Shadow Lawn (1903)

Cedar & Longwood Avenues, West Long Branch, Monmouth County, New Jersey

Completed in 1903, for John A. McCall (1849-1906) and his wife Mary Ignatius Horan (d.1935). This 52-room mansion - the first of two built on the same site - had a short and chequered history. It was home to two convicted Wall Street crooks and one President. A contemporary critic described the architecture as, "all design and no rhetoric" while others enthusiastically hailed it as "a palace". In 1916, it was used by President Woodrow Wilson (1856-1924) as his Summer White House. But, it burned down in 1927 and was replaced with an even larger mansion, Shadow Lawn (1929)....

This house is best associated with...

John Augustine McCall

J.A. McCall, President of the New York Life Insurance Company


Abraham White

Abraham Schwartz/White, of Corsicana; President of the United Wireless Co.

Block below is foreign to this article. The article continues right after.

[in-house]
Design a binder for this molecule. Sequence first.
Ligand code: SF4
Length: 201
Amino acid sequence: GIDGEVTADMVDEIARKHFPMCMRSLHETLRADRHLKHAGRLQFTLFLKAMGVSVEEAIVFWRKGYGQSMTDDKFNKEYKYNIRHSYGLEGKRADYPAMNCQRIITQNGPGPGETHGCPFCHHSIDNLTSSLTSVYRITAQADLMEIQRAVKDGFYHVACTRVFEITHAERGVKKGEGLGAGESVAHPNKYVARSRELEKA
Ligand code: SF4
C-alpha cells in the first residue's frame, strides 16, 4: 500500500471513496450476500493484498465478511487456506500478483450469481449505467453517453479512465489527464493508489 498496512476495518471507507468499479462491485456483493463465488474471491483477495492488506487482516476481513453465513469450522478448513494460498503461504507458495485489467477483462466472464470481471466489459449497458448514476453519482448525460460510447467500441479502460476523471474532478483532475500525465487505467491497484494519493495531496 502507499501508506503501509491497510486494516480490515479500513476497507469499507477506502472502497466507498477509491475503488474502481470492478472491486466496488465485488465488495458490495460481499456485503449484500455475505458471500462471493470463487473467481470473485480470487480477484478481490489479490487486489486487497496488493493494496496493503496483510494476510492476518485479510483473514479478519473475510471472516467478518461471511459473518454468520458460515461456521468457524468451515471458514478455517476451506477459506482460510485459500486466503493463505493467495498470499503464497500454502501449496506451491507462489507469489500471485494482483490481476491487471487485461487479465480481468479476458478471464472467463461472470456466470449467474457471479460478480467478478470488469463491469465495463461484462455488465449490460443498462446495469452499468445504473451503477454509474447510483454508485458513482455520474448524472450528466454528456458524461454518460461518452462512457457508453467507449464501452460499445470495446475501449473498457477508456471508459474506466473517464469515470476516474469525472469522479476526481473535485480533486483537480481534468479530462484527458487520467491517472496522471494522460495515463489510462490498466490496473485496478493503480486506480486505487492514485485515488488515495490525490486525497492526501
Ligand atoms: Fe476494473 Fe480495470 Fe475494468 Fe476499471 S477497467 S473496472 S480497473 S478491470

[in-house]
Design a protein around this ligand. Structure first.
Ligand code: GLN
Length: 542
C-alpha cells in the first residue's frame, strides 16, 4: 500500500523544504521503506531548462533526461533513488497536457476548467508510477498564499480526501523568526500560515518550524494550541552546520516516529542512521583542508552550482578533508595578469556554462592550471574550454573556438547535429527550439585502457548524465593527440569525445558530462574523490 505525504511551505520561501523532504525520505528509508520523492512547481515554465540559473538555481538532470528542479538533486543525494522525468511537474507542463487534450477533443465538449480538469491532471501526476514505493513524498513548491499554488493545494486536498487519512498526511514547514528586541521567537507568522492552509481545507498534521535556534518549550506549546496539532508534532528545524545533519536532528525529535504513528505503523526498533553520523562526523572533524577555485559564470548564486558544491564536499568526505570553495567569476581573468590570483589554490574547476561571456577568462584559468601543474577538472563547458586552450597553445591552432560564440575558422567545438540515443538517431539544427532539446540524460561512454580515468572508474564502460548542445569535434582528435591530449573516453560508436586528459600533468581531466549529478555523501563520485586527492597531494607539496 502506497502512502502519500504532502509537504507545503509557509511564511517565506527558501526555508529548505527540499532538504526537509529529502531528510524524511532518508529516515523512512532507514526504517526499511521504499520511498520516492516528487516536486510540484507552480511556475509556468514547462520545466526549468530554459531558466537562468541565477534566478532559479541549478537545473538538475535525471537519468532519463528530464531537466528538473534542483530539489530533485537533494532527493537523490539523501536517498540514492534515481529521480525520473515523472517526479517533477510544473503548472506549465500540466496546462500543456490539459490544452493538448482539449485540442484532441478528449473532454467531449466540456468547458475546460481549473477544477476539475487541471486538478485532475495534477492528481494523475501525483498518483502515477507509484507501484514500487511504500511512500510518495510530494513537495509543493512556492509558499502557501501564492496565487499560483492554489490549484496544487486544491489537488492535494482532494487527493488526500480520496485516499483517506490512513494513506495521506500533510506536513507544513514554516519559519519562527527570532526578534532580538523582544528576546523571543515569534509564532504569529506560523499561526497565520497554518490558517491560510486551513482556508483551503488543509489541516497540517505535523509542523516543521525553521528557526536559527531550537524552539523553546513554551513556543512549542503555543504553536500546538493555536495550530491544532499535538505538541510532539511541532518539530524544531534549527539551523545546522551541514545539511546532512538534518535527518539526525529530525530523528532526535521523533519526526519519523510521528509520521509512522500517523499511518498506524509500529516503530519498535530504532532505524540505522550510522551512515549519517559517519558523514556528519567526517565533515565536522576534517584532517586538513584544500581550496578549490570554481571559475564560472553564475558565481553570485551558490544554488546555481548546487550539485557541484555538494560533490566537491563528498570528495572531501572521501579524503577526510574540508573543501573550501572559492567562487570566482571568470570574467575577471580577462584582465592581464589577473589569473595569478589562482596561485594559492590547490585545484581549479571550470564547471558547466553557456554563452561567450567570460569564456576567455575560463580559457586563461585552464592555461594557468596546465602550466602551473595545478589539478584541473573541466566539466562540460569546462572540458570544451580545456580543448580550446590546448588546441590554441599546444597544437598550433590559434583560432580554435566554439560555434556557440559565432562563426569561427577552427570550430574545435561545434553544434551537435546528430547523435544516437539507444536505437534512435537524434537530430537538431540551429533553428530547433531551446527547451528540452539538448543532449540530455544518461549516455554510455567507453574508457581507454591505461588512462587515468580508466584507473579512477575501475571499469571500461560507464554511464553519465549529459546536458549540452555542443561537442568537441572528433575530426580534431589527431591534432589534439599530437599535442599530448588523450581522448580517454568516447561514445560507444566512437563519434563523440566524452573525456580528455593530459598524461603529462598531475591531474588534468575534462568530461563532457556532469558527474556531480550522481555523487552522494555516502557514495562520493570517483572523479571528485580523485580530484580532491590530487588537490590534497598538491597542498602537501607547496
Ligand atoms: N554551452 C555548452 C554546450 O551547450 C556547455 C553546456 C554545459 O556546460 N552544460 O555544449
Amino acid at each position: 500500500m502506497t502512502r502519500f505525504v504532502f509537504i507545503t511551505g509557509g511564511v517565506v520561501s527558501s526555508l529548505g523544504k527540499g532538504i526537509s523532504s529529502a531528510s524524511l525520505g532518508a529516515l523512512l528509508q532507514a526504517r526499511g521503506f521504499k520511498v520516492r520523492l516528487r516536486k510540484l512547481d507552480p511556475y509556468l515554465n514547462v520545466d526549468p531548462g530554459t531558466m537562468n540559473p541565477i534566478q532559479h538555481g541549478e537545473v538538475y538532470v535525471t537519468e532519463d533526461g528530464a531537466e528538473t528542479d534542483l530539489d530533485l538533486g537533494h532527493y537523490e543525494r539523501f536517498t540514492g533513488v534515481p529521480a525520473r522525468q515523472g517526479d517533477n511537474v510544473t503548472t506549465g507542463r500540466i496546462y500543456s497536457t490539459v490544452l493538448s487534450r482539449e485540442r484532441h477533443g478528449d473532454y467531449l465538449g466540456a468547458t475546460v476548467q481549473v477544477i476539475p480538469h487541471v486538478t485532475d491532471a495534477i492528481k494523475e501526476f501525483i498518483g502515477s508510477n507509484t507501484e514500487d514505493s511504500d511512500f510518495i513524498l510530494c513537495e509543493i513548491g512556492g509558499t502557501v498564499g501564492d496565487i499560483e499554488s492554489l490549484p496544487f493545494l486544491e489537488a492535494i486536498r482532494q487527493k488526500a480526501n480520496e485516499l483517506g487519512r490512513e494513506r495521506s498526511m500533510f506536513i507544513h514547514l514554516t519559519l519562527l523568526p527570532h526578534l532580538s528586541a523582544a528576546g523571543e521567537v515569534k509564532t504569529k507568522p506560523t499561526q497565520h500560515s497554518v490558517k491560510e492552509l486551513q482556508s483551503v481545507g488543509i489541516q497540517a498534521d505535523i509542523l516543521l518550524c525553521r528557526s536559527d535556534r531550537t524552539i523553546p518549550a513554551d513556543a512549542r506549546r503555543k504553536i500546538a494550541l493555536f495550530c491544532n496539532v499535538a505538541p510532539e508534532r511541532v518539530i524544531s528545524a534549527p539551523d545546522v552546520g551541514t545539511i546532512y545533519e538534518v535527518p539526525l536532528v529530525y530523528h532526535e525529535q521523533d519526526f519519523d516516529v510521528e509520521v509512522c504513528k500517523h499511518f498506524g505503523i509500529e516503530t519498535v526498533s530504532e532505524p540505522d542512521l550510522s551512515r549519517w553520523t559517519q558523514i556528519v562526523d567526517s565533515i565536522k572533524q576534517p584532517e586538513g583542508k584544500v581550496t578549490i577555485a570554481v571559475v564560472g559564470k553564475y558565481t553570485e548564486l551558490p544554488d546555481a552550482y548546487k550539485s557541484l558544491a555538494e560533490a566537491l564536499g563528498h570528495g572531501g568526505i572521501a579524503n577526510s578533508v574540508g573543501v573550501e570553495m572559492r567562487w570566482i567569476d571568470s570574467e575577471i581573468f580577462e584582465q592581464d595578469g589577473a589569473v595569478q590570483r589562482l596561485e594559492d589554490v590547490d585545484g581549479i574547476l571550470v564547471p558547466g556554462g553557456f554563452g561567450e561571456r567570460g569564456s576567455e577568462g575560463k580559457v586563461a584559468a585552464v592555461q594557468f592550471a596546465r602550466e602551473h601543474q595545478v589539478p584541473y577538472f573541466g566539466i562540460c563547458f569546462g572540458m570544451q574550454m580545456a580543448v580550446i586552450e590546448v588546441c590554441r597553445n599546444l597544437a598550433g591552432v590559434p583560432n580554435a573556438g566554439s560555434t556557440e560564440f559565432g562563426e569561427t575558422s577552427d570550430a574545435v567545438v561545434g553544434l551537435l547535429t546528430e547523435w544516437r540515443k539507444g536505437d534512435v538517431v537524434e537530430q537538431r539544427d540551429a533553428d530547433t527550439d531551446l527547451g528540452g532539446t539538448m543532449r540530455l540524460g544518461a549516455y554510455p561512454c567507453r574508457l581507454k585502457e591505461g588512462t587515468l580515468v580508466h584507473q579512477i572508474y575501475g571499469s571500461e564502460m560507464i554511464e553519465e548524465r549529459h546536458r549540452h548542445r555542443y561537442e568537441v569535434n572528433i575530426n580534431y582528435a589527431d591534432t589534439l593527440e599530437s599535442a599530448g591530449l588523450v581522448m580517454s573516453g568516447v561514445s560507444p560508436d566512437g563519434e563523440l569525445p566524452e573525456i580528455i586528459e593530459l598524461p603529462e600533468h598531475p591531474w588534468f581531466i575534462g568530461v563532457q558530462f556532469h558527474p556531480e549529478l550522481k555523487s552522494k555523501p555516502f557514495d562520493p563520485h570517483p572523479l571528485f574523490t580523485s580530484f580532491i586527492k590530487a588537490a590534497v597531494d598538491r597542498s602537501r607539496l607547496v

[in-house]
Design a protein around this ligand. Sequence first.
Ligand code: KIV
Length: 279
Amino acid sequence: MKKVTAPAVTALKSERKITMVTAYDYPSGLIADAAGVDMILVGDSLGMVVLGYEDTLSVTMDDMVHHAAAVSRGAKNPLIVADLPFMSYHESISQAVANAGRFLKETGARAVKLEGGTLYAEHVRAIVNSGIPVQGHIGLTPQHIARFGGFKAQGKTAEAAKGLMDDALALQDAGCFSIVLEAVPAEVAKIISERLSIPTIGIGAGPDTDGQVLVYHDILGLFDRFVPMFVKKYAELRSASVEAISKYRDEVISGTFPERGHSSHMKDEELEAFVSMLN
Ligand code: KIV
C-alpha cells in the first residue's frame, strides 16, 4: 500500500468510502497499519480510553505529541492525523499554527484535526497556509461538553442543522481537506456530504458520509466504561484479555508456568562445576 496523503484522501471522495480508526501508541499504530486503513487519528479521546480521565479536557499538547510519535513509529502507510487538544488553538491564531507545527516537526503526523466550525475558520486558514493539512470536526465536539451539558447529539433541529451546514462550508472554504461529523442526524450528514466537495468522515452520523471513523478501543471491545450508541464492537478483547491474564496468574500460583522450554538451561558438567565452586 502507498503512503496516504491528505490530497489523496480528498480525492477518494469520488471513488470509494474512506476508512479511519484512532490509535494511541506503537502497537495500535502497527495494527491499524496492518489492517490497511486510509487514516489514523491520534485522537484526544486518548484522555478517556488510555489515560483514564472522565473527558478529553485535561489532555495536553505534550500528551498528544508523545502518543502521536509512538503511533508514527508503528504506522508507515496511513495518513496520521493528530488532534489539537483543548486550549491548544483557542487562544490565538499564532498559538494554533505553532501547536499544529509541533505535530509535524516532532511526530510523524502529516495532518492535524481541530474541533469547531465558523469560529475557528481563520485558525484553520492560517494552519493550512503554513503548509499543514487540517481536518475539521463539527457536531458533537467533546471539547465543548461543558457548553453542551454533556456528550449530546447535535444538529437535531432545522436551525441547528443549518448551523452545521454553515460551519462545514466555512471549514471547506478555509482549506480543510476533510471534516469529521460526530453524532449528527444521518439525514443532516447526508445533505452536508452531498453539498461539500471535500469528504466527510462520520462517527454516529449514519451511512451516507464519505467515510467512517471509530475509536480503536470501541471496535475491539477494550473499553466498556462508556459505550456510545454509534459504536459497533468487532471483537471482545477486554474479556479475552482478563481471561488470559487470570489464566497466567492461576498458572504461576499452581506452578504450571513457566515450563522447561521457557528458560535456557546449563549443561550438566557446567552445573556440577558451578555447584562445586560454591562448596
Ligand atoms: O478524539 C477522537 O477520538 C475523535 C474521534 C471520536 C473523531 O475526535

Joseph Benedict Greenhut

Captain J.B. Greenhut, of Peoria, Illinois


Woodrow Wilson

28th President of the United States (1913-1921)


Hubert Templeton Parson

Hubert T. Parson, President of F.W. Woolworth & Co.


McCall was the President of the New York Life Insurance Company. Nearing retirement in 1902, he purchased the Hulick farm of 27-acres on Cedar and Norwood Avenues. He added to the estate until it encompassed 65-acres, buying neighbouring land from archeologist Charles Conrad Abbott (1843-1919) and actress/playwright, Ettie Henderson. McCall then employed architect Henry E. Cregier (son of the Mayor of Chicago) to build a house, "suggestive of the grandeur of the Alhambra, the Petit Trianon, and Sanssouci".

Situated on a grassy knoll some 50-feet above the ocean, McCall's modified colonial summer home was complete by August 1903. The 52-room mansion of three stories was dominated by two vast porticos and named for the clusters of great trees that threw their shadows over the lawn. On top of the third floor was an atrium and two pillared lookout towers from which to enjoy the view over the estate and down to the sea.